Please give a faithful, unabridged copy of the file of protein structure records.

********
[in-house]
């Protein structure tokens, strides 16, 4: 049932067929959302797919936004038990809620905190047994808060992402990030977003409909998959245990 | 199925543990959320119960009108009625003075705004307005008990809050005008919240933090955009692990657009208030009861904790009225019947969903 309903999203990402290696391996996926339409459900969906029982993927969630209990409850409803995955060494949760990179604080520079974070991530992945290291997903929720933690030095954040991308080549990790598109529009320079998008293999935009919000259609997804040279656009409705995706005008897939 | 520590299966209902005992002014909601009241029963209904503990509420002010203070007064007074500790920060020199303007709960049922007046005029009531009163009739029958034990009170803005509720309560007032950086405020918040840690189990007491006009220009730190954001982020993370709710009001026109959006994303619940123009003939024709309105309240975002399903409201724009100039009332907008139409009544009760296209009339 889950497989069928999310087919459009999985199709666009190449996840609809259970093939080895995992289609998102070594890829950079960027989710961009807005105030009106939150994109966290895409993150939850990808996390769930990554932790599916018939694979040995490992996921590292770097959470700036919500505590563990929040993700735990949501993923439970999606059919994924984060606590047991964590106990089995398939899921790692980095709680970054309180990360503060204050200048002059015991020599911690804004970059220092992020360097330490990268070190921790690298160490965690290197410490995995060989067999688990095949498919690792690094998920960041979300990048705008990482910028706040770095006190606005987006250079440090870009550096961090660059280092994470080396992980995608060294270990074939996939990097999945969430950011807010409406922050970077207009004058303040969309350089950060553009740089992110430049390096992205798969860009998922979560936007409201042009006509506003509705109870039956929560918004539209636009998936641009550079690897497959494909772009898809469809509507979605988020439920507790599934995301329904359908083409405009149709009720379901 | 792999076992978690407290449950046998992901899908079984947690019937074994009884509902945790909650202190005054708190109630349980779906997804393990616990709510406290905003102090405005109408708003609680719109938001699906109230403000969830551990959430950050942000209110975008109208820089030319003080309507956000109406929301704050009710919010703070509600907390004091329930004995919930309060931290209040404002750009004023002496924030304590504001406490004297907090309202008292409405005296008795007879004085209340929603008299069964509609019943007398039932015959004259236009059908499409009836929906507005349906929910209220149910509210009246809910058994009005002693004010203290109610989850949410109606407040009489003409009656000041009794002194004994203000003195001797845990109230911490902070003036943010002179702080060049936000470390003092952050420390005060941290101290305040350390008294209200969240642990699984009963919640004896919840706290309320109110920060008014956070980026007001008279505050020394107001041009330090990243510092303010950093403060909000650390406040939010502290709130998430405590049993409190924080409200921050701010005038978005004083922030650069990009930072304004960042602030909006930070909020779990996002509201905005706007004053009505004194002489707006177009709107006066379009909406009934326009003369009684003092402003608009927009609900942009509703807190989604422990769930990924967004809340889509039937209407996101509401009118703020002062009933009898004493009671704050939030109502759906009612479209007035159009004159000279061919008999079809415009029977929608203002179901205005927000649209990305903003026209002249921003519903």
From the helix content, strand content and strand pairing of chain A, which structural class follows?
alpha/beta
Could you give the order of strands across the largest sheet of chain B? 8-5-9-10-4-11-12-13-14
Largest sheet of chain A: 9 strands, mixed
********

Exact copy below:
[in-house]
């Protein structure tokens, strides 16, 4: 049932067929959302797919936004038990809620905190047994808060992402990030977003409909998959245990 | 199925543990959320119960009108009625003075705004307005008990809050005008919240933090955009692990657009208030009861904790009225019947969903 309903999203990402290696391996996926339409459900969906029982993927969630209990409850409803995955060494949760990179604080520079974070991530992945290291997903929720933690030095954040991308080549990790598109529009320079998008293999935009919000259609997804040279656009409705995706005008897939 | 520590299966209902005992002014909601009241029963209904503990509420002010203070007064007074500790920060020199303007709960049922007046005029009531009163009739029958034990009170803005509720309560007032950086405020918040840690189990007491006009220009730190954001982020993370709710009001026109959006994303619940123009003939024709309105309240975002399903409201724009100039009332907008139409009544009760296209009339 889950497989069928999310087919459009999985199709666009190449996840609809259970093939080895995992289609998102070594890829950079960027989710961009807005105030009106939150994109966290895409993150939850990808996390769930990554932790599916018939694979040995490992996921590292770097959470700036919500505590563990929040993700735990949501993923439970999606059919994924984060606590047991964590106990089995398939899921790692980095709680970054309180990360503060204050200048002059015991020599911690804004970059220092992020360097330490990268070190921790690298160490965690290197410490995995060989067999688990095949498919690792690094998920960041979300990048705008990482910028706040770095006190606005987006250079440090870009550096961090660059280092994470080396992980995608060294270990074939996939990097999945969430950011807010409406922050970077207009004058303040969309350089950060553009740089992110430049390096992205798969860009998922979560936007409201042009006509506003509705109870039956929560918004539209636009998936641009550079690897497959494909772009898809469809509507979605988020439920507790599934995301329904359908083409405009149709009720379901 | 792999076992978690407290449950046998992901899908079984947690019937074994009884509902945790909650202190005054708190109630349980779906997804393990616990709510406290905003102090405005109408708003609680719109938001699906109230403000969830551990959430950050942000209110975008109208820089030319003080309507956000109406929301704050009710919010703070509600907390004091329930004995919930309060931290209040404002750009004023002496924030304590504001406490004297907090309202008292409405005296008795007879004085209340929603008299069964509609019943007398039932015959004259236009059908499409009836929906507005349906929910209220149910509210009246809910058994009005002693004010203290109610989850949410109606407040009489003409009656000041009794002194004994203000003195001797845990109230911490902070003036943010002179702080060049936000470390003092952050420390005060941290101290305040350390008294209200969240642990699984009963919640004896919840706290309320109110920060008014956070980026007001008279505050020394107001041009330090990243510092303010950093403060909000650390406040939010502290709130998430405590049993409190924080409200921050701010005038978005004083922030650069990009930072304004960042602030909006930070909020779990996002509201905005706007004053009505004194002489707006177009709107006066379009909406009934326009003369009684003092402003608009927009609900942009509703807190989604422990769930990924967004809340889509039937209407996101509401009118703020002062009933009898004493009671704050939030109502759906009612479209007035159009004159000279061919008999079809415009029977929608203002179901205005927000649209990305903003026209002249921003519903």
From the helix content, strand content and strand pairing of chain A, which structural class follows?
alpha/beta
Could you give the order of strands across the largest sheet of chain B? 8-5-9-10-4-11-12-13-14
Largest sheet of chain A: 9 strands, mixed